As a measure of each household's self sufficiency, in the whole town there is no regular store. Two or three houses informally sell sodas and crackers. Each household consists of one or two modest huts surrounded by a small courtyard containing, among other things, a congenial population of fruit trees, free-roaming chickens, washed clothing drying on bushes, piles of firewood, and -- always -- stacks of pottery. From what I can see, every household makes pottery.
As I wander around looking for someone to talk to, María López López peeps her head through a small courtyard's wobbly gate and asks in faltering Spanish if I want to buy pottery. I explain that I'd rather buy an interview. We agree on a price, and I'm invited to step inside.
María leads me to a room with one open side, the paraphernalia of pottery work lying everywhere. An alter to the Virgin of Guadalupe, set with flickering candles, occupies the back wall. María's hesitant Spanish is very heavily accented with her native Tzotzil. Though she is very quick- witted and desirous of answering all my questions in full, she must always search for the right Spanish word. She never says one word more than she absolutely needs to, and she never volunteers an extra thought. Because I know so little about her primitive manner of firing pottery, it's hard to ask the right questions.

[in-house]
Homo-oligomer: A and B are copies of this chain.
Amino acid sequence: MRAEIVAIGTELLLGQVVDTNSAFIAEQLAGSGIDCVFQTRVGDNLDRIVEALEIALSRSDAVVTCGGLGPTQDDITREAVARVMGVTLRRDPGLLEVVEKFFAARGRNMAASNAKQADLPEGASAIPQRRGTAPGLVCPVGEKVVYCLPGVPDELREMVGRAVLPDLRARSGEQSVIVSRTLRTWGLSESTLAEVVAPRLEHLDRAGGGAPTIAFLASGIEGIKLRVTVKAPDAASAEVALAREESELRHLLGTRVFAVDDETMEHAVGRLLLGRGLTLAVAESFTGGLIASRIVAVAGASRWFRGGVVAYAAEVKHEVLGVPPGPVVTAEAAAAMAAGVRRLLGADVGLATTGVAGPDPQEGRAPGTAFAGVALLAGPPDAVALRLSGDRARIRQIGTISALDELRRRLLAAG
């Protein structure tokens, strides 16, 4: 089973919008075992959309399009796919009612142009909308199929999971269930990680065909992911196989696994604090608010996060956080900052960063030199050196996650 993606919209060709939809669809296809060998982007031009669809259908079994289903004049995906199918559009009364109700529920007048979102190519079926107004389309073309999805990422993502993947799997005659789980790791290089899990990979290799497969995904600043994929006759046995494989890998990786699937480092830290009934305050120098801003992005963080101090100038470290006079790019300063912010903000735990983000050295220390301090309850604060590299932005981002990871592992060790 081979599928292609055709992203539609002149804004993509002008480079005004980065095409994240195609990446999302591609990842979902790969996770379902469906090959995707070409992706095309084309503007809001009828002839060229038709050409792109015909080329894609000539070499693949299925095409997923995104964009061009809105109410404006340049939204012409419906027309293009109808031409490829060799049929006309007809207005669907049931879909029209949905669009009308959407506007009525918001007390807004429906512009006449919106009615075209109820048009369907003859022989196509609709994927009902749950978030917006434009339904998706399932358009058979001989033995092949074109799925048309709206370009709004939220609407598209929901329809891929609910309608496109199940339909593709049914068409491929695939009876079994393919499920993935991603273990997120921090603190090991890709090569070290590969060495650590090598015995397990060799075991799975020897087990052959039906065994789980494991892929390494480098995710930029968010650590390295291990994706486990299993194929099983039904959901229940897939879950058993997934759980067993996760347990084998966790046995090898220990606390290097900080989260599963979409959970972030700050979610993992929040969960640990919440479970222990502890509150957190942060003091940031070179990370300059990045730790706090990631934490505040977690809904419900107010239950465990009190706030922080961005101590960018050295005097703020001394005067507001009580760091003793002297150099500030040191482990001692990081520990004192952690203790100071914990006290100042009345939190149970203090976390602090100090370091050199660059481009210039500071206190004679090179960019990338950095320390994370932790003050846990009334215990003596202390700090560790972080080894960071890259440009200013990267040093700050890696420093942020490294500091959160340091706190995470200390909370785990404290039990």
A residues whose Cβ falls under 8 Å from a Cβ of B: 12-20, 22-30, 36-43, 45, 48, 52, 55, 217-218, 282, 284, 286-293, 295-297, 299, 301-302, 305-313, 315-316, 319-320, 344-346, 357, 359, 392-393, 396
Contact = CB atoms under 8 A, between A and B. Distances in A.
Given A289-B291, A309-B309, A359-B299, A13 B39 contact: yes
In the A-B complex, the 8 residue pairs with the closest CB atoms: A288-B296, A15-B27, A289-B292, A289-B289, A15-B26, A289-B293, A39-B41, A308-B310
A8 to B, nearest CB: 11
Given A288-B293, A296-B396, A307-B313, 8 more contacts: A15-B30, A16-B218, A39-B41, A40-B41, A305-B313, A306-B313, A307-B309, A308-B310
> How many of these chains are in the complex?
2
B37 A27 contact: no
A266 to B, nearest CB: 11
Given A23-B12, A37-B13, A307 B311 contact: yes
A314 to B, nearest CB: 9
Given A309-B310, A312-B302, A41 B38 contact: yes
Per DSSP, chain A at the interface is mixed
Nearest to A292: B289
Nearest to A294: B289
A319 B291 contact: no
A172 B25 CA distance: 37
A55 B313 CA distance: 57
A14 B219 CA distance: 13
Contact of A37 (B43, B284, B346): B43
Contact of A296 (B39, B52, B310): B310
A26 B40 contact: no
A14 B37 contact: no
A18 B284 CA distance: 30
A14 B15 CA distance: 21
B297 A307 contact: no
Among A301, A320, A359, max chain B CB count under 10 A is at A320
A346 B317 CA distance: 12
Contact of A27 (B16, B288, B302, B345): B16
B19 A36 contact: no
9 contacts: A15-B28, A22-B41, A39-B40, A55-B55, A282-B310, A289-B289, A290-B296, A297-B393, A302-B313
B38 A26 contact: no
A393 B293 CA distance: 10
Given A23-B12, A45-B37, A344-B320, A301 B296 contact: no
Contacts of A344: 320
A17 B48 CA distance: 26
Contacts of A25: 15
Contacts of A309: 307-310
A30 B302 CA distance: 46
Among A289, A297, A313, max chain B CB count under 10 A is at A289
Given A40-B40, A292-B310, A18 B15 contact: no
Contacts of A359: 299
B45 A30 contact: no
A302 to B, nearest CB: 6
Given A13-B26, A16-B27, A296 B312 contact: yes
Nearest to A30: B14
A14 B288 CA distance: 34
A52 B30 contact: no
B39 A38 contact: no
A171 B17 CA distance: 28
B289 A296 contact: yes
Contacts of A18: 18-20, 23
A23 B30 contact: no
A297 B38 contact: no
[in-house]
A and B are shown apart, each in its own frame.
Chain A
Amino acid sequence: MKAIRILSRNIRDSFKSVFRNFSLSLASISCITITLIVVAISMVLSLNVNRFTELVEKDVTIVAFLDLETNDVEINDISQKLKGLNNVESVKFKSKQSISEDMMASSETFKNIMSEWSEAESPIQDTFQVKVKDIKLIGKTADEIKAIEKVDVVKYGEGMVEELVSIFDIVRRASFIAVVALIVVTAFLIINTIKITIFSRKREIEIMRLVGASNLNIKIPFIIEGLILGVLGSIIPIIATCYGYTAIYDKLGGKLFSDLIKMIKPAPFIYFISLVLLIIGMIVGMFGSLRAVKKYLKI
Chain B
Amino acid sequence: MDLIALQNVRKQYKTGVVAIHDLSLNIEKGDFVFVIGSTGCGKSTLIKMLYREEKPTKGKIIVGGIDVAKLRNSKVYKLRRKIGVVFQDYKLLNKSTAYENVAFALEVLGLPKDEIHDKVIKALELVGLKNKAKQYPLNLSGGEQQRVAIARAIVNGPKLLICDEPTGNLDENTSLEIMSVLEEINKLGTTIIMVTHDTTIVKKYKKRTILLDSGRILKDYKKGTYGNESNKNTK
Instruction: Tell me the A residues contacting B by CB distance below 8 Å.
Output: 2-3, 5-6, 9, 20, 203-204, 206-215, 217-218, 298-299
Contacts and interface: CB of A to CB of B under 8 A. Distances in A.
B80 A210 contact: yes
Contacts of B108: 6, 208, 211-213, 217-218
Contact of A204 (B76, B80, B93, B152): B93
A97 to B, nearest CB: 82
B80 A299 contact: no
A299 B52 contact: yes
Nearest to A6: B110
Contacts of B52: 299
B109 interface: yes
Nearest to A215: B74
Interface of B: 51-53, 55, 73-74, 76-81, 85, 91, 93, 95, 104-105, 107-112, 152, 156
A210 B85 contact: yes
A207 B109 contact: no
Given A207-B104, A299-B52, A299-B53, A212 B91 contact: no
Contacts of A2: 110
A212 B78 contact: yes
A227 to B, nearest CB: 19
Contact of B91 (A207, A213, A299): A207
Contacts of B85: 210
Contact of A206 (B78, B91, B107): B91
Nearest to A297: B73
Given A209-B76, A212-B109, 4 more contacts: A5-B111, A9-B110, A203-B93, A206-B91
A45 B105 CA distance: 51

"I am forty-six years old," she says. "I began making clay animals to sell in the mercado when I was nine. I began working with these pots when I was ten. The whole family made pottery, and the whole village. My mother made pottery, and my grandmother. I don't know who first taught us how to do this. My mother taught me, and when I had children, I taught them."